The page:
In CLIC, we are still trying to find those answers, but we are optimistic that we will eventually be able to use Alma the way it was intended to be used–relying on its automation features so that staff can invest more time into providing other services to users and venture into new, critical areas of librarianship like digital scholarship, publishing, and data management.
It is indeed a promising future, and one that will take time to achieve, but ultimately we can only get there by doing what libraries do best: working together, sharing our experience and knowledge, and being excellent stewards of our resources.
Cataloging & Digital Services Librarian
Alum News: Tom Jorgenson
What attracted you to the LIS field…
I think I found that I was able to connect with other people in my college library setting better than I could connect with people anywhere else–I enjoyed my coworkers, and I enjoyed connecting library users with their needs.
Now, I find that what keeps me in a library are still the people–especially the kids and teens that I work with. I enjoy watching them learn and grow, and if I do my job right, I get to help them do that.
What has been your biggest career challenge…
It felt like I had a brand new idea every other day that I wanted to do RIGHT NOW! It took a lot of guidance from my manager and others in the library system to get me to back off and really think my ideas through.
I still have a lot of ideas, but now I have a process (like, a literal flowchart) that I use to help me understand whether they are realistic for me and relevant to the kids and community that I serve.
I’ve still got a lot of learning to do, but I hope I’m a little more focused now, and a little less arrogant.
What has changed about the profession since you graduated…
What experiences at St. Kate’s (or otherwise) were most helpful in getting you to where you are today…
I’ve tried to create space in my current position to teach empathy, to promote diversity in library materials, to listen to and advocate for marginalized voices, to create opportunities for teens of all backgrounds to learn and grow and engage with their identities.
I’m not sure I would understand the importance of framing my work in this way if it weren’t for my LIS education.
What advice do you have for current LIS students…
I think librarians are too defensive when it comes to our professional status, our MLIS degrees, our titles as “Librarians.” We think we have all the answers, and we think we can make libraries relevant just by screaming about all of the Important stuff we think we are doing. We need to shelve our insecurity and instead learn to listen to the communities and the people we serve. It’s not about us. Seeing the trailer for the new movie “The Public” inspired me on this point.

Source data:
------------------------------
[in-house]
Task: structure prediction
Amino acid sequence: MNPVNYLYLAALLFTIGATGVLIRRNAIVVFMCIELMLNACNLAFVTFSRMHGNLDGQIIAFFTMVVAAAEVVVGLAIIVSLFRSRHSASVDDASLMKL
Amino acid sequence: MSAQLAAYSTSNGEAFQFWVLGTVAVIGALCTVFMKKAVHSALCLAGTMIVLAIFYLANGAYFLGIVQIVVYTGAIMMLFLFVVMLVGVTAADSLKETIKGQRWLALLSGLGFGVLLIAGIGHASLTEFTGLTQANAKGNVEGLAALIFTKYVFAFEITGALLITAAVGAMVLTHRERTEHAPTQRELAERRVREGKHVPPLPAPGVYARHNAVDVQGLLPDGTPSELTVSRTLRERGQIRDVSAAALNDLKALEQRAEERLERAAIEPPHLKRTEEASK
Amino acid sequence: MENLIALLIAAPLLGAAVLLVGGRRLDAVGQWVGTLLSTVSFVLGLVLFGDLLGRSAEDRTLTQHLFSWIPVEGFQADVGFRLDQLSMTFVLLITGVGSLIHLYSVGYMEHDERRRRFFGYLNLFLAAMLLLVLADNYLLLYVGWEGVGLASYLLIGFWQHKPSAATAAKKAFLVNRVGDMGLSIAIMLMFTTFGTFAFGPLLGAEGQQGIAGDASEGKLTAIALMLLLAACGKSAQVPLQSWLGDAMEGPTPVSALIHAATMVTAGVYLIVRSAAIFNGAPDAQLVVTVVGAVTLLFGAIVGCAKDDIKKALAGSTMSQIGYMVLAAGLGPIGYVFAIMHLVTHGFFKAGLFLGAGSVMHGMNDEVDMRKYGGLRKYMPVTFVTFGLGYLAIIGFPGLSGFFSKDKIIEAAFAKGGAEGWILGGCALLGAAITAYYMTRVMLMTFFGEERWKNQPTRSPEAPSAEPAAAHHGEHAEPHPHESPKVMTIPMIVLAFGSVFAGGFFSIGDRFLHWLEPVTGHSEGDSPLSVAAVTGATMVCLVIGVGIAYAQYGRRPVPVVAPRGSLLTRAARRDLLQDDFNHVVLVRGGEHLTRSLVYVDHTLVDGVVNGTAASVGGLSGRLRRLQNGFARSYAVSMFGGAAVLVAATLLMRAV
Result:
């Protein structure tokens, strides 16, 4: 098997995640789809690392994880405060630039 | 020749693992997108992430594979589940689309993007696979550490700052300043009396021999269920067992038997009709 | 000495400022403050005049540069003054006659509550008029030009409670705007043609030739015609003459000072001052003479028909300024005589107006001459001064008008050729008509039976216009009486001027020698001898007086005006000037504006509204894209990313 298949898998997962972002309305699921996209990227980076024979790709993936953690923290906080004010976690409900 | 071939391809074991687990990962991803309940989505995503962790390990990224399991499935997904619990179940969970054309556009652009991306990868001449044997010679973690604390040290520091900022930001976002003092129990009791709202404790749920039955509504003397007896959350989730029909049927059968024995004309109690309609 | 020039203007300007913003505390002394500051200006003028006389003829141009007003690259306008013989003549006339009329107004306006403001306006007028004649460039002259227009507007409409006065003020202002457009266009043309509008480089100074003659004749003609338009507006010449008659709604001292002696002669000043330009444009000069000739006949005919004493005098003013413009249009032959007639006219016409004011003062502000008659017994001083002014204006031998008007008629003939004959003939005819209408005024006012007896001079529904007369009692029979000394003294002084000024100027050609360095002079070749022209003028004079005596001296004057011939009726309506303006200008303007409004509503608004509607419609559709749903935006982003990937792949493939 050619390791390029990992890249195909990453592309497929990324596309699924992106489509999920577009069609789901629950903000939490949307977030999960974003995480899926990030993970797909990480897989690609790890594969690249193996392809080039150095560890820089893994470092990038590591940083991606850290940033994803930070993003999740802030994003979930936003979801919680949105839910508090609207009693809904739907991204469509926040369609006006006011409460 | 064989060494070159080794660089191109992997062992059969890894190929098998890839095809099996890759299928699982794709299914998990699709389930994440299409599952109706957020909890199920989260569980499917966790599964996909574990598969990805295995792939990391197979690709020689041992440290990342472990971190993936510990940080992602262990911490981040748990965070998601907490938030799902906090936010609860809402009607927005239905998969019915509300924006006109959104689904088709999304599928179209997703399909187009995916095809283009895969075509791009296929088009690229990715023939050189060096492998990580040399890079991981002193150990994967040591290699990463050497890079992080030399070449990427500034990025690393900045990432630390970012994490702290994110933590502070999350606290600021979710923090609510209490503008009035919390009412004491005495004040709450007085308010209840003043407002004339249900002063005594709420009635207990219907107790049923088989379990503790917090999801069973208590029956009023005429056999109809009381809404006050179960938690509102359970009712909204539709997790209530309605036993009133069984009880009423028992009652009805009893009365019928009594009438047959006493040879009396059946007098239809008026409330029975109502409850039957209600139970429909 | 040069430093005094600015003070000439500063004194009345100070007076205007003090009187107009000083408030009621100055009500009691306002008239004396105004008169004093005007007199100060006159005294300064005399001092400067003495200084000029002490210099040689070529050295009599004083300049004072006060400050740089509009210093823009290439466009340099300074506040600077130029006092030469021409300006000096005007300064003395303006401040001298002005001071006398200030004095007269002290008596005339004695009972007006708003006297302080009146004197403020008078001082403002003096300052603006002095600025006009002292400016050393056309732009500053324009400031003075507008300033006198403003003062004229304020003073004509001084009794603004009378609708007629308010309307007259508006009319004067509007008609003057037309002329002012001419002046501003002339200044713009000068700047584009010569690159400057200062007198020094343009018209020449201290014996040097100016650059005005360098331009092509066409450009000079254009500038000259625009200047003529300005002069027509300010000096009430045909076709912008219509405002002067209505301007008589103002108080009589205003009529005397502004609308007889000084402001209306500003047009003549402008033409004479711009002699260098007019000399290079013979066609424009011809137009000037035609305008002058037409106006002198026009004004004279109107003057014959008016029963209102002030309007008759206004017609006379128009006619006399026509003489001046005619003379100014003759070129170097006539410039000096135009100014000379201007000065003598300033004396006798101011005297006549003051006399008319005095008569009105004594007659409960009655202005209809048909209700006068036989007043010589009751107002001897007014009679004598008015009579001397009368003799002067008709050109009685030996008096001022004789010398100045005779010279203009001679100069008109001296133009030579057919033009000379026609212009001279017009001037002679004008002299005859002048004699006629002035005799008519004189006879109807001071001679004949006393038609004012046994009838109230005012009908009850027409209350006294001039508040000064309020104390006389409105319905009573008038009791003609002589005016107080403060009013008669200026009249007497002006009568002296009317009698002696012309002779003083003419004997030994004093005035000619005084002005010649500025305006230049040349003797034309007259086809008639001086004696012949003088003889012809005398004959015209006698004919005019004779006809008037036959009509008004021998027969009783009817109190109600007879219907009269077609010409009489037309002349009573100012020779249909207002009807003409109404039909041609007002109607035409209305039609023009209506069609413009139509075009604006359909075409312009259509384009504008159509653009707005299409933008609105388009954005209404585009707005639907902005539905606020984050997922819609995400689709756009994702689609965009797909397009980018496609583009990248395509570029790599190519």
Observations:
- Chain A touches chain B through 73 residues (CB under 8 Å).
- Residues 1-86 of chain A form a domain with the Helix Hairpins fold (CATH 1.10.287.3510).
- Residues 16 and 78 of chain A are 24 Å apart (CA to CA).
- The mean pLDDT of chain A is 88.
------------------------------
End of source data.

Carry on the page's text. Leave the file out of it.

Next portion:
I’m not saying I know how to do all of this myself; I’m still learning from people who are better at it than I am, I’m still trying to listen better and connect more closely with my community. I think this is a challenge I will struggle with throughout my career, but I have to try.
MLIS student Maggie Parra was selected to receive the SLA Conference Stipend award to attend the SLA annual conference in Baltimore in June.
Amy Riegelman (MLIS 2007), Social Science Librarian at the University of Minnesota, co-authored (with Caitlin Bakker) two recent articles regarding retracted publications: Retracted Publications in Mental Health Literature: Discovery across Bibliographic Platforms (2018) and Understanding the complexities of retractions (2018).
Amy Mars (MLIS 2012), St. Kate’s Research and Instruction Librarian, Trent Brager (MLIS 2013), and Kim Pittman won the 2018 Association of College and Research Libraries (ACRL) Instruction Section (IS) Innovation award. They were selected for their work on 23 Framework Things.
On March 10, school librarians Lacey Rotier (MLIS 2014) and Melanie Burgoyne (MLIS 2009) visited LIS 7250 Curriculum and School Libraries to discuss how they integrate coding into their instruction.
On March 14, the following alums shared their time and expertise with the LIS 7010 class: Anna Zbacnik (SLMS/MLIS 2013) (Roseville Area Schools), Tami Lee (MLIS 2007) (Ramsey County Library), Laura Morlock (MLIS 2011) (Dakota County Library), Chris Jacobs (MLIS 1996) (3M), Molly Hazelton (MLIS Adjunct, current SLMS student, National Catholic Sisters’ Project), and Sarah Huber (MLIS 2014) (Purdue University).
— That’s me, Trish Vaillancourt. I am in my last year at St. Kate’s and enjoying the program very much. Please let me know if you have any comments or suggestions for the newsletter. Also, I like cats…a lot.